--- Letter ---

8 November 1994

Ms. Mollie Beattie, Director
U.S. Fish and Wildlife Service
P.O. Box 3247
Arlington, VA  22203-3247
FAX: 703-358-2271

RE:  Federal Register, 14 Sep 1994, Vol. 59 (Number 177), pages
47212-47220: 50 CFR Parts 13 and 14, RIN 1018-AB49


Dear Ms. Beattie,

     Insect species currently comprise over half of all plant and
animal species on earth, and nearly three-quarters of all animal
species (E.O. Wilson, 1988, Biodiversity).  Consequently, it can
be expected that most threatened or endangered species in the
world are actually insects.  The 641 United States members of
Section A (Systematics/Morphology/Evolution) of the Entomological
Society of America, whom I represent as Chairperson this year,
comprise the majority of US scientists involved in the
description of insect species, inference of their evolutionary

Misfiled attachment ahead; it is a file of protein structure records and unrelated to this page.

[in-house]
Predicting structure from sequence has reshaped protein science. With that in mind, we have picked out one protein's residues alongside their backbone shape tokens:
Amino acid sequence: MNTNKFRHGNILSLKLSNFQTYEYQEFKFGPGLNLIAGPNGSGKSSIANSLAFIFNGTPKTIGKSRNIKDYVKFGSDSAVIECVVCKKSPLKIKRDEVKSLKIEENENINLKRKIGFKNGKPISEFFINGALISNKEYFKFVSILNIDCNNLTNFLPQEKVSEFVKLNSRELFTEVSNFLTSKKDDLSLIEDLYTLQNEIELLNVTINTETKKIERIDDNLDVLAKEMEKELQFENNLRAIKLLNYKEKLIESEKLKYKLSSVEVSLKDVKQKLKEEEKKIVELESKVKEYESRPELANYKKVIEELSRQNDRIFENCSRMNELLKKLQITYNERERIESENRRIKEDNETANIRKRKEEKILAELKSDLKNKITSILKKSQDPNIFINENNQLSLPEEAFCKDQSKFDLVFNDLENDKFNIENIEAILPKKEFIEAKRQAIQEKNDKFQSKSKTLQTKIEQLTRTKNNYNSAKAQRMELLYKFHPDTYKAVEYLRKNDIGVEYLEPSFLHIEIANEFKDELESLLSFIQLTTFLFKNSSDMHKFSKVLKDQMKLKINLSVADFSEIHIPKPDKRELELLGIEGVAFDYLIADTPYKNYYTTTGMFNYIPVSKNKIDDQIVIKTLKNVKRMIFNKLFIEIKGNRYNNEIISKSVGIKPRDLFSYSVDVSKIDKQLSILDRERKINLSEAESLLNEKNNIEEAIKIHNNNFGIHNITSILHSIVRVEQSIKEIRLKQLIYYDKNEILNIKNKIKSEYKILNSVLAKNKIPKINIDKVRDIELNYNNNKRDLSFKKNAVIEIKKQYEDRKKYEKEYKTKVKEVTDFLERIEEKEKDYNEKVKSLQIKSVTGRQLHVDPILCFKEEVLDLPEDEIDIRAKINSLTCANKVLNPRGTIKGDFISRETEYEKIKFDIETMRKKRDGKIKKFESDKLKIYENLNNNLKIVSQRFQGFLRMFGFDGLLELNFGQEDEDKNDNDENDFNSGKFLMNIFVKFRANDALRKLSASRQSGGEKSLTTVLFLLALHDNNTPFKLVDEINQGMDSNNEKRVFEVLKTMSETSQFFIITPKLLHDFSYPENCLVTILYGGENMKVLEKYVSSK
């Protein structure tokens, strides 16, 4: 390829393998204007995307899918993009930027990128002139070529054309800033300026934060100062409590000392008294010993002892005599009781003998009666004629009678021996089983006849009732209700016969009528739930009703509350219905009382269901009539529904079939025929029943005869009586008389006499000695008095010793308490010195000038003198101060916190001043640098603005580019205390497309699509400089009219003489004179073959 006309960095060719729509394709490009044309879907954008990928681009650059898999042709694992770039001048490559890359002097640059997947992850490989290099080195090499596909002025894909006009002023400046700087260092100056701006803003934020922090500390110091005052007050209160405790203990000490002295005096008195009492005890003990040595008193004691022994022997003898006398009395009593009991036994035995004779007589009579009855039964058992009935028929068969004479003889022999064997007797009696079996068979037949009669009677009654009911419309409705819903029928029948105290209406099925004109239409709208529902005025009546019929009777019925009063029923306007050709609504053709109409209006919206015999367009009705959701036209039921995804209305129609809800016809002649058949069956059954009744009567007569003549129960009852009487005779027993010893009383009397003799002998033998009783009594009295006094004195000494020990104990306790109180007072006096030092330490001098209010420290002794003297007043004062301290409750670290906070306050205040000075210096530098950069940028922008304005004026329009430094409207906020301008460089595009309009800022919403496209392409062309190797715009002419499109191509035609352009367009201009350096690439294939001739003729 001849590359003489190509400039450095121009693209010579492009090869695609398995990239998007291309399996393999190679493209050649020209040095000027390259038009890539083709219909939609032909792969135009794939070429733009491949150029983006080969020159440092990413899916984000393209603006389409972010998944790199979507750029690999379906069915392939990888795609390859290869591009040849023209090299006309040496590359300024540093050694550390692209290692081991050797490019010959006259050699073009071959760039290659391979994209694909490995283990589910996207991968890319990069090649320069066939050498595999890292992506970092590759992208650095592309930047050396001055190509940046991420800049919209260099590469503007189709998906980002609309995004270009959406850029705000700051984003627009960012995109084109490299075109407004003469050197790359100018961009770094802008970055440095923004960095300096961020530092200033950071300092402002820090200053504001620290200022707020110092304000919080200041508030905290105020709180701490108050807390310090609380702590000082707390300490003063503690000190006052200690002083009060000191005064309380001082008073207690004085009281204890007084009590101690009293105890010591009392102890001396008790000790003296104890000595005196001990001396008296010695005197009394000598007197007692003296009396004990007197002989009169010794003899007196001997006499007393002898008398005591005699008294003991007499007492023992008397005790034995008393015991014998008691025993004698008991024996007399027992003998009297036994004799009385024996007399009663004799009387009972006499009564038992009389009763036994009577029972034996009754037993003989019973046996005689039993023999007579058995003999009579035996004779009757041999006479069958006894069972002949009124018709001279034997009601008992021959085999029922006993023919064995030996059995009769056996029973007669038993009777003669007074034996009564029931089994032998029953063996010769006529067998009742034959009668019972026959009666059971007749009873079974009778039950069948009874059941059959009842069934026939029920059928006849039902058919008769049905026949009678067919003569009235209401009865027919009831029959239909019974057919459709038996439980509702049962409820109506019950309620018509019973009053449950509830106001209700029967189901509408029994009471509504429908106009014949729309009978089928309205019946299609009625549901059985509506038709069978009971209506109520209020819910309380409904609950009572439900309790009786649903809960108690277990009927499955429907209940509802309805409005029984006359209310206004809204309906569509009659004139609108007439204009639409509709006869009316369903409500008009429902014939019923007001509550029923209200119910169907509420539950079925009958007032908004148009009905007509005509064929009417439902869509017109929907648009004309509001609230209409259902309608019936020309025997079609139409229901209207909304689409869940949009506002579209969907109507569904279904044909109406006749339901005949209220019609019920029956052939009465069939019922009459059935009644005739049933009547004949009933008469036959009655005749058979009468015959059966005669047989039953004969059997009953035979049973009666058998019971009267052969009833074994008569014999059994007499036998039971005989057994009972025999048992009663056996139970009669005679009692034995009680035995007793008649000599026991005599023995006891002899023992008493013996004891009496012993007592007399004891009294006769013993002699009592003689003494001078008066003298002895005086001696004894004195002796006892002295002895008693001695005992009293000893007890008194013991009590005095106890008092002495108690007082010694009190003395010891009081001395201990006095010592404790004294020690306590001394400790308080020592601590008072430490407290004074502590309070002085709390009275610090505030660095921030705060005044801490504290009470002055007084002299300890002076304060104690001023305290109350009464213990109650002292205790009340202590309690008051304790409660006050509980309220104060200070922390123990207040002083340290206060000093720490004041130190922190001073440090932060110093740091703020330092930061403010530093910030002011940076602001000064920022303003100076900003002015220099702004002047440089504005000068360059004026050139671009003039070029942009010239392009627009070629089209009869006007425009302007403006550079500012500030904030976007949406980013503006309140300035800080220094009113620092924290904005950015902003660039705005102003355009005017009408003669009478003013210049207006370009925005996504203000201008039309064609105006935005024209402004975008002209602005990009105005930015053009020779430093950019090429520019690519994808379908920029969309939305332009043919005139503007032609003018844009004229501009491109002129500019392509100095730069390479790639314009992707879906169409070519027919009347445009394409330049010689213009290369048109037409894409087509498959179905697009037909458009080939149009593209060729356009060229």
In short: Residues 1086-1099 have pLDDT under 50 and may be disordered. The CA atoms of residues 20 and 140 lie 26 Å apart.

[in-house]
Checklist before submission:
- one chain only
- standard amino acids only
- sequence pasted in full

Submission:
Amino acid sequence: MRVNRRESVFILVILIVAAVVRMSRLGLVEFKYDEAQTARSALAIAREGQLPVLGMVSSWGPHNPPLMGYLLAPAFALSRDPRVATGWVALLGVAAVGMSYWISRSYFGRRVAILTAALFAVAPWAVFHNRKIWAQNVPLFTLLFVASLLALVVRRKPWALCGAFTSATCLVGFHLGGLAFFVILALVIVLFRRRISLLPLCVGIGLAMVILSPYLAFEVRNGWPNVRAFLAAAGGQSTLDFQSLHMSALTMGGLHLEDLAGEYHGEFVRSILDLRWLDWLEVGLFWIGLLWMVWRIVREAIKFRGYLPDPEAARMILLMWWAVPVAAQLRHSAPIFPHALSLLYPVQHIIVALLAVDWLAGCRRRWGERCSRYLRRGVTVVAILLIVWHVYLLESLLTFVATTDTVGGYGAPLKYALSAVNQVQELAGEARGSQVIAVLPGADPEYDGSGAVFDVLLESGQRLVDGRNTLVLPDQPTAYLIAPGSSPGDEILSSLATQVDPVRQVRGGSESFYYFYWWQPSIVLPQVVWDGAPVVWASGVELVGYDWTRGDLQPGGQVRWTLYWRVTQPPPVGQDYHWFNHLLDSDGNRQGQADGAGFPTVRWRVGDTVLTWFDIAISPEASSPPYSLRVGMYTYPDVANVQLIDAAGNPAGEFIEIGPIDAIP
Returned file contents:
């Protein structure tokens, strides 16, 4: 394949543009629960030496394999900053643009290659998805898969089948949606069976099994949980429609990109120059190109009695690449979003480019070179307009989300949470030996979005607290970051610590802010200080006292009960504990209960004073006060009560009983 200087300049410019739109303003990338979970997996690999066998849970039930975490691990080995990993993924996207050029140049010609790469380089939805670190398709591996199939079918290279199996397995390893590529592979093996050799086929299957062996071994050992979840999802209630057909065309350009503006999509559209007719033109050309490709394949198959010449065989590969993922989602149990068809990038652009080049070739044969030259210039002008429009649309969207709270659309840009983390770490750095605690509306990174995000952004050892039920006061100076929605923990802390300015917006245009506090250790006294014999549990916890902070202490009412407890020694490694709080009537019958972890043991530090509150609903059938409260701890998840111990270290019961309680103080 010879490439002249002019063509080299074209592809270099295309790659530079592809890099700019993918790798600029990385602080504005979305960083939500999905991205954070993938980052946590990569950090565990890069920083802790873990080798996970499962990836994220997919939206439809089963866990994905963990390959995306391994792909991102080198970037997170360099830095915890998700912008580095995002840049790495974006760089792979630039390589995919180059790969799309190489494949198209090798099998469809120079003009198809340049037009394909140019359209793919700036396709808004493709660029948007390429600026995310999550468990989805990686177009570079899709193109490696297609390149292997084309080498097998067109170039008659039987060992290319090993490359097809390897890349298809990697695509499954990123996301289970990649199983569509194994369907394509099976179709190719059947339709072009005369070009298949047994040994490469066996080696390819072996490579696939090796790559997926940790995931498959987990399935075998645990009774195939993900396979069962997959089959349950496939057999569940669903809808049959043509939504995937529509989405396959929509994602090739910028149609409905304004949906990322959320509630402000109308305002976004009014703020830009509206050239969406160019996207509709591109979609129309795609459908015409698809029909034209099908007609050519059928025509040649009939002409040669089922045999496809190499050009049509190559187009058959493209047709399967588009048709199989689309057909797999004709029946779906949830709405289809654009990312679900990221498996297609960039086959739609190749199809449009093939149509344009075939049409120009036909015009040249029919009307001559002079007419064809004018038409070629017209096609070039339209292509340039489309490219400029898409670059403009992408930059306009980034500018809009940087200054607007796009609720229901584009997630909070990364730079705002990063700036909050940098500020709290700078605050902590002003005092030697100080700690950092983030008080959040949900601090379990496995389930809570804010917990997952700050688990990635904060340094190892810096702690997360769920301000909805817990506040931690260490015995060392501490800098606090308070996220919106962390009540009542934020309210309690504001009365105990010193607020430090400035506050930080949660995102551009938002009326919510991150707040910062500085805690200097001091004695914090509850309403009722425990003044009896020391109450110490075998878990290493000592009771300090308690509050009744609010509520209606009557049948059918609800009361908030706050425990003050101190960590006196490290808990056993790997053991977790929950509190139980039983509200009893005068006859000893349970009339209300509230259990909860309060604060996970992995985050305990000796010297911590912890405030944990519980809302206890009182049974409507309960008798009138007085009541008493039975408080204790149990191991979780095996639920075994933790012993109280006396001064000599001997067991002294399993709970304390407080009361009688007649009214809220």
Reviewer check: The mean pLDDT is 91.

relationships, and interpreters and predictors of their
biogeographical and biological characteristics.  Therefore, these
biologists are typically some of the most fervent advocates for
protection of natural habitats and are historically and
potentially some of the most significant contributors to the
database of the National Biological Survey.  Thus it is also
understandable that Section A entomologists and the US Fish and
Wildlife Service have enjoyed a long-standing, and mutually
beneficial relationship since the establishment of the Service.

     It is with alarm, therefore, that we read the Proposed Rules
in the subject document.  These proposed regulations threaten to
impede taxonomic and systematic research on insects at the very
time in history when such work is most desperately needed.  Only
5 - 50% of existing insect species are presently known to
science.  At the same time, habitats are being lost very rapidly,
especially in developing tropical countries, and the human and
financial resources needed to describe and appreciate this